More than 10,000 people in the U.S. died from COVID-19 in the time between when Donald Trump blew up the stimulus bill and when he finally signed it. No, he doesn’t care about that.
The millions of people desperate for unemployment assistance, along with millions more in peril of eviction are nowhere on his mind, either.
The economic crash that would have come after a simultaneous stimulus bill collapse, an eviction eruption and a government shutdown in the middle of a pandemic? Not of concern.
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The terrible disruption in vaccine distribution if the lights went out in the federal government? Whatever.
As the tension over Trump’s refusal to act reached peak intensity, Republican Sen. Pat Toomey of Pennsylvania finally found his voice amid the muted GOP amen chorus. If Trump fails to sign the dual relief/shutdown bill, said Toomey, “he’ll be remembered for chaos and misery and erratic behavior if he allows this to expire.”
Senator Toomey, I do believe that ship has sailed.
Trump wanted his name in the papers, and that’s why this long week of fear and uncertainty was dropped on a nation already coiled in fear and uncertainty. It was an act of sadism, the deliberate infliction of pain on a population already on its knees. Folks need help badly, and instead they got the back of Trump’s orange little hand, again.
For the record, the man had no interest in seeing those direct payments increased to $2,000. This was a demand for another witless act of loyalty by congressional Republicans; further, it draws a bright red circle around the GOP’s refusal to disburse more funds directly to the people. This was, of course, deliberate. Speaker Pelosi dreams of being able to box in the GOP the way Trump has over the last week.
The “pork” in the bill Trump denounced was in fact a laundry list of items from his 2018 budget proposal which his administration requested be included in this legislation. Congress did as he requested and added the items to the stimulus, I suspect, to guarantee Trump’s signature. Ha. They forgot who they were dealing with.
The cruelty is the point, The Atlantic’s Adam Serwer astutely observed in October 2018, back when we innocently thought it couldn’t get any worse. “The Trump era is such a whirlwind of cruelty that it can be hard to keep track,” he wrote. Indeed, the latest chapter in this long book of deliberate pain now involves the 14 million people in need of unemployment assistance who were left to dangle, and dangle still, because of the delayed signing.
“Because Trump did not sign the bill on Saturday,” reports CNN, “those in the Pandemic Unemployment Assistance and the Pandemic Emergency Unemployment Compensation programs will likely not receive a payment for the final week of the year. And the $300 federal enhancement may only last 10 weeks instead of 11 weeks for most folks. That’s because states can’t provide benefits for weeks that start before programs are authorized, but the legislation calls for the extra payments to end on March 14.”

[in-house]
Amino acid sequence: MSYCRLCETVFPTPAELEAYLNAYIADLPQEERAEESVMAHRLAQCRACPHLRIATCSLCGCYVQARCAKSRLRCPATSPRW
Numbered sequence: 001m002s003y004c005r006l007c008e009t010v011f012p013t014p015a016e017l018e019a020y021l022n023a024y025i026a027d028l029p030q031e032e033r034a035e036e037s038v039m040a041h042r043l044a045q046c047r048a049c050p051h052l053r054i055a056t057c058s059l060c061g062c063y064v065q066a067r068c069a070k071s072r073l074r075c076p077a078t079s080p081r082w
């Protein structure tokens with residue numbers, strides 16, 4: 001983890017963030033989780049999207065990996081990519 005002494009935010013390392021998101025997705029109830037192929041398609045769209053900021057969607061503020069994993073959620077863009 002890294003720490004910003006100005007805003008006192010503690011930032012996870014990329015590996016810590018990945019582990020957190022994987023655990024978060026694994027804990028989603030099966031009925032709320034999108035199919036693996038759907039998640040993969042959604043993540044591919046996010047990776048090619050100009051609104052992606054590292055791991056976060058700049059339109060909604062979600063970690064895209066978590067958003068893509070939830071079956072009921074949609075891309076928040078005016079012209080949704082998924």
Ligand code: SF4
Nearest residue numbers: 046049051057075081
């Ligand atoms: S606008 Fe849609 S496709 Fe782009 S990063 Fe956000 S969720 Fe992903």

The worst part? Trump stands humiliated. A nonsense signing statement claiming all sorts of considerations he wrung from Congress before signing is just that: Nonsense. He wants them to investigate election fraud, repeal Section 230 of the Communications Decency Act and demands that they strongly consider making those direct payments $2,000. Mitch McConnell, in his own statement thanking Trump for his signature, made no mention of these concessions. That means, for all practical purposes, they do not exist.
“Trump got taken to the cleaners,” reports Politico. “What a bizarre, embarrassing episode for the president. He opposed a bill his administration negotiated. He had no discernible strategy and no hand to play — and it showed. He folded, and got nothing besides a few days of attention and chaos. People waiting for aid got a few days of frightening uncertainty…. This is probably the most fitting coda to Trump’s presidency, and a neat encapsulation of his relationship with Congress. He never cared to understand the place and was disengaged from its work. They’ll be laughing — er, scratching their heads — at your genius about this one for a while, Mr. President.”
Why is Trump’s humiliation the worst part of all this? Surely, if any human being ever deserved a dollop of comeuppance on their menu, it is this small fraction of a man.
It is the worst part because of who and what we are dealing with. Trump will continue to be among the most powerful people on Earth for three weeks and a day. He has been publicly shamed and routed off the field, and all for absolutely nothing except a few days of bad attention. People of his bilious temperament are not known for going quietly under the best of circumstances, and for Trump, these circumstances are intolerable.
Compounding this defeat, the House and Senate have returned to Washington, D.C., and their first order of business is an override of Trump’s veto of the defense authorization bill. They have the votes, and most congressional Republicans are not willing to mess with military money, even if it means defying Trump.
If the veto override succeeds on the heels of his disgraceful behavior with the stimulus bill, Trump will not sit still and take his medicine. He will see betrayal on every Republican face and react like Vesuvius. There are still many ways for him to pull the building down before he’s gone, and if I know the man like I think I do, he will try every one of them before he leaves or is removed. That cramp in your stomach (and mine) is going to be there for a little while longer.